A heater appears to be a luxury for most pool owners. Apart from the initial cost of the heater, which you have to take into consideration, the cost of installation and operation is also important. But if you don’t have a pool heater, you could be losing out on months of poolside enjoyment year-round.Sponsored Advertiser…
A heater appears to be a luxury for most pool owners. Apart from the initial cost of the heater, which you have to take into consideration, the cost of installation and operation is also important. But if you don’t have a pool heater, you could be losing out on months of poolside enjoyment year-round.
A pool heater is worth the money in most homes for regulating water temperature. With the correct pool heater, you can enjoy the pool all year long, even when the weather turns cold. In this article, you’ll learn how much pool heating costs and the way you can do it effectively.
Pool heaters are available in 3 primary types to choose from. They vary mostly in operating costs, price range, and energy source. A new heater might cost anywhere from $1,000 – $8,500, based on the model you desire.
Type of Heater Average Price Range Gas Heater $1,300 – $6,300 Electric Resistant Heat $1,200- $6,200 Electric Heat Pump $2,300 – $7,700 Solar Heater $2,300 -$9,600
A solar heater is more expensive upfront than other heaters. However, most pool owners find that they offer a return on investment over time. These heaters use solar panels to convert sunlight into heat for the pool, all without costing you a thing. In addition, solar heaters are eco-friendly, low-maintenance, and last for 25 – 35 years on average.
It often heats the pool water at a slower rate than other choices, at around 1 to 3 degrees per minute. In addition, they need light all year and will not function properly if they are not facing the sun directly.
Electric Resistance Pool Heater
Breakdown Cost Unit $700 – $5,200 Labor $500 – $1,000 Total Cost $1,200 – $6,200
Although the heater relies on electricity, this type warms pool water differently than heat pool pumps. Rather than depending on outside heat, this kind of pool pump directs pool water over a heating unit.
Heaters that resist heat are a wonderful alternative for freezing conditions since they work effectively regardless of temperature. But the design is ineffective and expensive to operate. In addition, it puts a significant strain on your everyday energy usage.
Electric Heat Pool Pumps
Breakdown Cost Equipment $1,800 – $6,700 Labor $500 – $1,000 Total Cost $2,300 – $7,700
A heat pool pump transforms energy into heat using a 220-volt electrical connection and a breaker of at least 40 amps. They are a bit pricey to buy, but they’re not too expensive to run. Many are eco-friendly to help reduce emissions and energy usage.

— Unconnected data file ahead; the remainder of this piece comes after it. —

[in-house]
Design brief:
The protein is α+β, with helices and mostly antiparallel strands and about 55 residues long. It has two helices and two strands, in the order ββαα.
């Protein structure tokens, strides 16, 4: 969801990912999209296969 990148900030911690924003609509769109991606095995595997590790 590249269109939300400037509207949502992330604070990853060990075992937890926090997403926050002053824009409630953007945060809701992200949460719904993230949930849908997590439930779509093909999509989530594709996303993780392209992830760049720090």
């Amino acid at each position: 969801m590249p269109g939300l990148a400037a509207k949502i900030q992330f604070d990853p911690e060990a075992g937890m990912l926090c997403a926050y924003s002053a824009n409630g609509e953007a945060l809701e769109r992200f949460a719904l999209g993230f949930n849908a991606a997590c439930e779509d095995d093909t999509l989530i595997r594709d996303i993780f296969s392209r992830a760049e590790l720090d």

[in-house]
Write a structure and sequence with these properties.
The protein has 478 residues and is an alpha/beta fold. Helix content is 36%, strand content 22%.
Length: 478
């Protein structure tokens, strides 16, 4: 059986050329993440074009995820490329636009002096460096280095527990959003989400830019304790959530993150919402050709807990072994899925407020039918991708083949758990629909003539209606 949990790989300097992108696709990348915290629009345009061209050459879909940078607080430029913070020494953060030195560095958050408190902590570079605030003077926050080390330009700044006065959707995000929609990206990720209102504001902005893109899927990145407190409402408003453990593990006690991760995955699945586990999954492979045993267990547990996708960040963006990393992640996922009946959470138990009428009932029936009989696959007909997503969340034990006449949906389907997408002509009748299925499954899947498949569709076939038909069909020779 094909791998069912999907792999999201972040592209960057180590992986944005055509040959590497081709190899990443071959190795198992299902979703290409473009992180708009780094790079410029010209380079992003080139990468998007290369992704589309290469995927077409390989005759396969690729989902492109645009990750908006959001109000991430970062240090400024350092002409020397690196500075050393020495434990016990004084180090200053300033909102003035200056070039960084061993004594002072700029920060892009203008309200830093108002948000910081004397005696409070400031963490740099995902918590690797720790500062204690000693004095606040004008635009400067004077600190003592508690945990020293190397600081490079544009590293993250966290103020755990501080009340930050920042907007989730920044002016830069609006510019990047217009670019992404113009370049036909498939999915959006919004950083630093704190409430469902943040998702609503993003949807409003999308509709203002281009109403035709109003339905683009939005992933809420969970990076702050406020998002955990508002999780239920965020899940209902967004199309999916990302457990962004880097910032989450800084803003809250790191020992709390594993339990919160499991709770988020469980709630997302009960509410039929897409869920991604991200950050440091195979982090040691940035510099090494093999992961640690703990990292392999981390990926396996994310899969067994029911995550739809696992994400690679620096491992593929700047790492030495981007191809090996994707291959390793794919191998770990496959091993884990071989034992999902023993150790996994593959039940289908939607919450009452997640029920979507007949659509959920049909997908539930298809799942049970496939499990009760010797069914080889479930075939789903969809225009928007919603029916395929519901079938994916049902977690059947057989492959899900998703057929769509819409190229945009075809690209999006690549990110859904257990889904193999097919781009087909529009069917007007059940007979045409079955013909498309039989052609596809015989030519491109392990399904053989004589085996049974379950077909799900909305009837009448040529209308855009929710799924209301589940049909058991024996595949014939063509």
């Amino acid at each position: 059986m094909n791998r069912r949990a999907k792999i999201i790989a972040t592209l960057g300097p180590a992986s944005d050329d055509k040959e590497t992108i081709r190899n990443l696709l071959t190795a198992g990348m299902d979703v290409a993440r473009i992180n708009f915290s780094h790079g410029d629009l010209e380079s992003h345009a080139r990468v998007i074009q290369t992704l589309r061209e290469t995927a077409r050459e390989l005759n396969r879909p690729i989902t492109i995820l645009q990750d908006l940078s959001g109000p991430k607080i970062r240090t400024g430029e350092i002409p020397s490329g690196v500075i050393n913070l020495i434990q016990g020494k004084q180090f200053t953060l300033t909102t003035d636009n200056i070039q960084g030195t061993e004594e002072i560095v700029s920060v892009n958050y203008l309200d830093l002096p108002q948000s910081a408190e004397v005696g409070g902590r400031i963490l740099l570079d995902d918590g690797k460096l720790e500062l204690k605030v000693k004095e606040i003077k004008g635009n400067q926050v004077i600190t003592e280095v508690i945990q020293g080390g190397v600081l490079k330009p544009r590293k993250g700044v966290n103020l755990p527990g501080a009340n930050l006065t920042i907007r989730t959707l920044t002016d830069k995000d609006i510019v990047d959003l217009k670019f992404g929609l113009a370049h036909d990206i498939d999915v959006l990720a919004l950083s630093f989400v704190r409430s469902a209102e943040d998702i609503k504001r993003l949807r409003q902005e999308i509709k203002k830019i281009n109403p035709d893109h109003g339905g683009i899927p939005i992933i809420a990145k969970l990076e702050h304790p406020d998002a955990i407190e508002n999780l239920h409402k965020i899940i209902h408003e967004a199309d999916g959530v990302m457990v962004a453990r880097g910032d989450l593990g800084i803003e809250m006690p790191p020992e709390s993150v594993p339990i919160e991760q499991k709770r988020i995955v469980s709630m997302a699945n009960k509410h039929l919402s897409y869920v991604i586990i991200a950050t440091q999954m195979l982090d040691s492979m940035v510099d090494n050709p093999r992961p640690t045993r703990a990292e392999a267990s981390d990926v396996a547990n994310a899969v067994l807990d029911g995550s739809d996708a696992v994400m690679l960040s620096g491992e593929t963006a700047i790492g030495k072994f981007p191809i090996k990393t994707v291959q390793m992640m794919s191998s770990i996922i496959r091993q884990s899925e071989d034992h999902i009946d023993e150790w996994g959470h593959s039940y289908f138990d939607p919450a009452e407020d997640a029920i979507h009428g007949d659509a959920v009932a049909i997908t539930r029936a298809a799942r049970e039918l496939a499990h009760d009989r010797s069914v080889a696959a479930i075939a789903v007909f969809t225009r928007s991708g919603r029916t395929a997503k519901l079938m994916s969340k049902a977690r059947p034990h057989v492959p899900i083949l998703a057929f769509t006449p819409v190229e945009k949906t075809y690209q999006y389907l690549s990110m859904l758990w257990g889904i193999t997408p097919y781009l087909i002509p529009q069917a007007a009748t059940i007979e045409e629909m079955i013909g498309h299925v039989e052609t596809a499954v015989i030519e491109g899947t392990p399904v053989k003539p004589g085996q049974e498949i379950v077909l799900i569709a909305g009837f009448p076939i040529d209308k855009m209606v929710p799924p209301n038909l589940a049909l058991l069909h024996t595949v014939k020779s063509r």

For people who use their swimming pool on a regular basis, electric heat pumps are suitable. However, if you need to heat the water in your pool occasionally, don’t go for a heat pump. These pumps heat the water gradually, which is very important when it is freezing outdoors.
Gas and Propane Pool Heaters
Breakdown Cost Unit $800 to $4,800 Labor $500 to $1,500 Total Cost $1,300 to $6,300
Those you can commonly find in most homes are gas and propane models. These heaters are inexpensive to set up and will quickly warm the water in your backyard oasis. People who like to swim prefer these heaters because they allow you to heat the pool any time you want. Propane allows for total control of the temperature in your pool.
Not only are propane types less expensive at first, but they are also more expensive to operate than other choices. In addition, propane poses a greater risk to your home than other energy sources if it’s mishandled.
When it comes to installing a new pool heater, there are a few things to keep in mind.
There are setup costs to consider once you’ve found the proper pool heater for the pool. From getting rid of outdated pool heaters to setting up a new connection, prepare your pool.
If your pool currently has a heater, you’ll need to take it out before you install a new heater. Depending on the model you have and how it fits into the pool system, getting rid of an outdated model costs between $25 and $55. Most professionals will add it to the cost of removing the entire cost of setup if you hire them.
If your backyard oasis doesn’t already have utility hookups, you will need to install them before you set up the heater. You should connect solar heaters to working panels.
Do you want to transfer to a different utility line or to add a new connection? If so, the final installation cost will increase by $500 to $1,500 on average. New gas line installation might cost anywhere from $300 to $800 while adding an electrical connection can cost anywhere from $500 to $2,000. The cost of a new water line might range from $300 to $2,000.